Statistically speaking, Villa need staying power

Posted by Kevin Hughes

Christopher Lee/Getty ImagesPaul Lambert's side has not statistically soared in the final half hour of matches this season.

Someone once told me that statistics don't count for an awful lot-- that you can interpret them any way you like, two sides to every story, and all that. And although in football, the only definitive statistic that can't be denied is the one which comes at the end of 90 minutes -- the goals scored by each of the two competing teams -- I feel it doesn't do any harm to analyse the facts and figures once in a while.

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Villa's are quite enlightening. A good while spent studying the club's statistics page elsewhere on the ESPN site throws up some interesting clues about Villa's struggles this season. There's plenty to digest, but the goals conceded information is an eye-opener -- not the volume of goals Villa have given away, but the timing of those goals.

Paul Lambert's team have shipped 23 league goals so far during the current Premier League campaign, and there's a real unbalance in terms of when those goals have gone in. Villa have conceded six times during the first half of matches -- and 17 times during the second half. Not only that, but 11 of those 17 have crept in between the 61st minute and the 90th.

In contrast, Villa have scored just six goals themselves in the second half of matches this season (mind you, only six in the first halves too). So, the total seasonal second half aggregate score reads: Villa 6 Opponents 17. Ouch.

That lays things down loud and clear -- Villa are not exactly blasting opponents away during the first half of games, but they're absolutely falling apart in the latter stages of matches. Running out of steam, or shape, or losing concentration, or discipline; whatever it is, the second half performances, and particularly the final half an hour, are not up to scratch.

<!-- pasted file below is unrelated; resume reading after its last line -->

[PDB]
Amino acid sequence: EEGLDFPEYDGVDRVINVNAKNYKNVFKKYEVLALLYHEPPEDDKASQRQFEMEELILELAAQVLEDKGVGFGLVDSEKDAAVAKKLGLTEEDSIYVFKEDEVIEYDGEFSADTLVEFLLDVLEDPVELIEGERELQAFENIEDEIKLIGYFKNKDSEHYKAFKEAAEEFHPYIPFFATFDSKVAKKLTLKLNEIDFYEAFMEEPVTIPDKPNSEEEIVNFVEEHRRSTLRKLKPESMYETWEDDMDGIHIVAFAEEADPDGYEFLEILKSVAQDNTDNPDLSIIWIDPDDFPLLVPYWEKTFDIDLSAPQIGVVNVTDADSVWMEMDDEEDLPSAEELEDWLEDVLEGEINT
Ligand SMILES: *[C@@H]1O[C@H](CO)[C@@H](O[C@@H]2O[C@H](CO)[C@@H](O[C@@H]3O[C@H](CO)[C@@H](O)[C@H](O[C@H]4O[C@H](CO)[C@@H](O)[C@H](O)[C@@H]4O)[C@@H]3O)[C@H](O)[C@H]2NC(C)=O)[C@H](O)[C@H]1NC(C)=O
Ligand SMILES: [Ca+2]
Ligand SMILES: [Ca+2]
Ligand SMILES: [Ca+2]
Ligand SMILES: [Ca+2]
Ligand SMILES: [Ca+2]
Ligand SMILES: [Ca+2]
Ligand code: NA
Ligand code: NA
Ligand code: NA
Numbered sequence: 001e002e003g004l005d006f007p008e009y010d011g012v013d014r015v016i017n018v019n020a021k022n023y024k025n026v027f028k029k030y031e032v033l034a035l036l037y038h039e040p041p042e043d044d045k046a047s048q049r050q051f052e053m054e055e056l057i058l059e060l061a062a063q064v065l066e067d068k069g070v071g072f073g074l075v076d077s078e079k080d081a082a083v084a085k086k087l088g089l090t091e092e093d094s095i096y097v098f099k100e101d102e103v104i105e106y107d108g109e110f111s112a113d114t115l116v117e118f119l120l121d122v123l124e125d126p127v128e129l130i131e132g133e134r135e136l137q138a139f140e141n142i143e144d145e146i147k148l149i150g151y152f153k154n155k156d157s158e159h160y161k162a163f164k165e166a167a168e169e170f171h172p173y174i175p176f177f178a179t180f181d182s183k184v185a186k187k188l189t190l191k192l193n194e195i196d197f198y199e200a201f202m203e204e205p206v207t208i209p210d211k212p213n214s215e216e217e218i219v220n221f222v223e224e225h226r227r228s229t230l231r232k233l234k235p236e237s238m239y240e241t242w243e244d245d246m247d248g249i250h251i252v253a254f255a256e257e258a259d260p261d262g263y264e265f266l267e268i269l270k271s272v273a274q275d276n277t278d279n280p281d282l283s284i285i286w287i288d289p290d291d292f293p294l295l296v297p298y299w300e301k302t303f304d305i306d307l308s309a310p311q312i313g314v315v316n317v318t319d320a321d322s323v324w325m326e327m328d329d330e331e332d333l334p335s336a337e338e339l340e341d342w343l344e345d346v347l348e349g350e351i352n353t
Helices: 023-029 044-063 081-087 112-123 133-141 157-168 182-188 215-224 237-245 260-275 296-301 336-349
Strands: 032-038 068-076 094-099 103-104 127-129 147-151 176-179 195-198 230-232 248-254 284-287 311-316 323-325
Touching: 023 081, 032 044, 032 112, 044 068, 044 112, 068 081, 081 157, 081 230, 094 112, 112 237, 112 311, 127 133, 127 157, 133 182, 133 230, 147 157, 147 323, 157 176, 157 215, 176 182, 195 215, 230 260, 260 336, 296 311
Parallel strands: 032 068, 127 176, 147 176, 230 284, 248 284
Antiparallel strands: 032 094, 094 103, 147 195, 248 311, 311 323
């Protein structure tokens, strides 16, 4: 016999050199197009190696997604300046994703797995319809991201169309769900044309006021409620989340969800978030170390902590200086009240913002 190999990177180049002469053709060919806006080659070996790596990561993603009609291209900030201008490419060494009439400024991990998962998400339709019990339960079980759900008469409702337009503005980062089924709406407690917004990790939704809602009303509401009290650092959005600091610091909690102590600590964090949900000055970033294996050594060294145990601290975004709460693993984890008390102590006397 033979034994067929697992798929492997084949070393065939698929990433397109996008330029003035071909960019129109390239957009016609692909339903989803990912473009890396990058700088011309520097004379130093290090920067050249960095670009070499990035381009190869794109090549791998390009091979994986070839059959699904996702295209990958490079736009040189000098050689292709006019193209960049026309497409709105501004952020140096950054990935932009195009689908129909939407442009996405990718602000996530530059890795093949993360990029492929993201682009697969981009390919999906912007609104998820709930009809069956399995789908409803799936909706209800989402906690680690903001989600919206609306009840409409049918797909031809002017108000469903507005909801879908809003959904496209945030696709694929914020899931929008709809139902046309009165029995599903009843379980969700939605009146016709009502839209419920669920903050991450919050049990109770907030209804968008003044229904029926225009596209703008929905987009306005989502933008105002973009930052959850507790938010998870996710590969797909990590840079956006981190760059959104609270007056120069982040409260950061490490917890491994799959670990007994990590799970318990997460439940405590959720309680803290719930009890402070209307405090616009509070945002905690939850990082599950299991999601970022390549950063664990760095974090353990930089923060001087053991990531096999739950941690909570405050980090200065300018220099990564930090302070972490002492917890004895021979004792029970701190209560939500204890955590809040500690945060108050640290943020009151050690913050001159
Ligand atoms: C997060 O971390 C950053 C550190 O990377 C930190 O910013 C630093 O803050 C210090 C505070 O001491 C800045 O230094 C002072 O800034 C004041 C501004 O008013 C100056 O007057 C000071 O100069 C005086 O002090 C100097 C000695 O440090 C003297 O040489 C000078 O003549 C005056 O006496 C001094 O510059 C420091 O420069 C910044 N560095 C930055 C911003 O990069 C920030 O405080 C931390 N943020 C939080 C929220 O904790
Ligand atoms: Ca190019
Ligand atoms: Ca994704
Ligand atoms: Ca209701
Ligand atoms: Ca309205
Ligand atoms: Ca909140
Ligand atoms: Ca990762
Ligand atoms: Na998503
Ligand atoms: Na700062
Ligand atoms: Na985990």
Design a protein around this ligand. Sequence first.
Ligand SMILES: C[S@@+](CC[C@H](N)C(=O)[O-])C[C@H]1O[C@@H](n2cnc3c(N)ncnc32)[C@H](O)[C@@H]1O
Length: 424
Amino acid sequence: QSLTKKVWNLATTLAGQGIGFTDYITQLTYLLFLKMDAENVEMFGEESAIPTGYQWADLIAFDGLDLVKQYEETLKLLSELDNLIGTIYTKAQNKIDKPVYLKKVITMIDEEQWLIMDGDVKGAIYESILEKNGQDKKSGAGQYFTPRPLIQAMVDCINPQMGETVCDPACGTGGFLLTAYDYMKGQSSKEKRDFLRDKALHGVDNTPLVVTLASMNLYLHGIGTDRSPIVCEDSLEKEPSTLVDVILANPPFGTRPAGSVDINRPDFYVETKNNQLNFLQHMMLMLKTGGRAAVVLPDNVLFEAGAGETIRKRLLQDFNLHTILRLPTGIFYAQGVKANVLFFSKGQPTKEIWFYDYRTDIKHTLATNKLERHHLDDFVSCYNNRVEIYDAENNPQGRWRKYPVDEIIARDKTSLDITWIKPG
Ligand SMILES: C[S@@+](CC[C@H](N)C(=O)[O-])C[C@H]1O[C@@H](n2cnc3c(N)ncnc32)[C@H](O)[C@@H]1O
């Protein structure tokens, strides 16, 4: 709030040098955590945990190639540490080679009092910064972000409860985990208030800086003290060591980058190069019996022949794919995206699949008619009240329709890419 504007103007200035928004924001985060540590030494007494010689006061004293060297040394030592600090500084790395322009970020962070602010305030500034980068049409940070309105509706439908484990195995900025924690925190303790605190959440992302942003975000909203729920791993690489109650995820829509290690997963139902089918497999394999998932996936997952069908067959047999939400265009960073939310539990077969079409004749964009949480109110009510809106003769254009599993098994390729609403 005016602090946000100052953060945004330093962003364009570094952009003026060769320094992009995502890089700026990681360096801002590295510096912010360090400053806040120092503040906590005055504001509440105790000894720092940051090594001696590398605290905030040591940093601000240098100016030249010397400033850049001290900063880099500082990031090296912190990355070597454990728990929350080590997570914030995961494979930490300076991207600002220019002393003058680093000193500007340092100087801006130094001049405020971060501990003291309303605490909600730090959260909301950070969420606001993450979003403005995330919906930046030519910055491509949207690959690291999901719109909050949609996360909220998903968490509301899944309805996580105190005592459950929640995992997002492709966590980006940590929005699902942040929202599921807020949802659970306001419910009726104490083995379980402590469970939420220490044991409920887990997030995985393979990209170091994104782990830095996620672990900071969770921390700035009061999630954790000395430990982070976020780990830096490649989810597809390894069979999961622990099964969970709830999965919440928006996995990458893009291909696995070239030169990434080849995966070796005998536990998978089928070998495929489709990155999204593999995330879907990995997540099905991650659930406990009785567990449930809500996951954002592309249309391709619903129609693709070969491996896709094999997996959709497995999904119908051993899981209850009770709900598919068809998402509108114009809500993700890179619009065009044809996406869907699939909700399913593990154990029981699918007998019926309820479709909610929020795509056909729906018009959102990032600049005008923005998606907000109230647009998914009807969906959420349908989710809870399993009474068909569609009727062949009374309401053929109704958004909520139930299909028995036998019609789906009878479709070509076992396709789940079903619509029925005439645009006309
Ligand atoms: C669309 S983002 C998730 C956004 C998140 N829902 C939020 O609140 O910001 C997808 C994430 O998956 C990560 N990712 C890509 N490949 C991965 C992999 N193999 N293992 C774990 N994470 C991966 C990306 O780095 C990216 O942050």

Villa have clearly got to learn to last the pace. Staying power is seriously lacking.

Why has this been happening? It's hard to say, for certain. The youth of Villa's squad this season is well known so it could be that concentration is an issue, that the younger players haven't yet the experience to pace themselves for the full 90 minutes.

It could also be a confidence thing -- Villa have rarely been in commanding positions heading into the second half of matches, and anxiety could come into play. Also, if the team has been trailing at half-time, belief dips and hearts have simply sunk. This would apply during Villa's 5-0 defeat at Manchester City, when heads dropped and the team wilted.

The statistics aren't all disastrous, however. Looking at ESPN's monthly summary, data hints at a Villa recovery. In August, Villa's results ranked them as the 19th most successful team in the Premier League during that month, with zero points from two games, four goals conceded and one scored.

September yielded improvement at 11th, October saw a drop to 18th (three games, one draw two defeats, an average of just 0.33 points per game). But in November, Villa perked right up, with an average points yield per match of 1.40 (five games, two wins, two defeats, one draw), making them the eighth best-performing team in the league. So far in December, Villa have the ninth-best record, though that stands for little with just one game played.

All of which brings me neatly (if you call 500-odd words of stat-chat neat) to Saturday's opponents, Stoke. They certainly have their detractors, do Stoke, but those same set of statistics show that Tony Pulis' men are currently a team to be feared.

Stoke's performances and results in November (three wins from five games, one draw and one defeat) made them the fourth-best team in the league during the month -- ten points taken, an average yield of two per game.

They are unbeaten in five league games, and have won three on the bounce, most recently an impressive victory at West Brom. Over those past five games, Stoke are ranked the best team in the Premier League.

The 'time of goals' statistics show that Stoke like to start fast -- they've scored four times in the opening 15 minutes of matches this season so Lambert will want his boys to be focused from kick-off (and they usually are -- Villa have conceded just once during that period).

The Villa manager may also like to know when Stoke are vulnerable. Unlike Villa, it is not towards the end of games. Stoke have let in just three goals between the 61st and 90th minutes. But they tend to get sloppy either side of half-time, conceding four times between the 31st and 45th minute, and three times between the 46th and 60th; seven times in the 15 minutes just before the break.

Certainly no harm in looking at the stats, but now it's up to Villa to make sure no second half harm is done versus Stoke.






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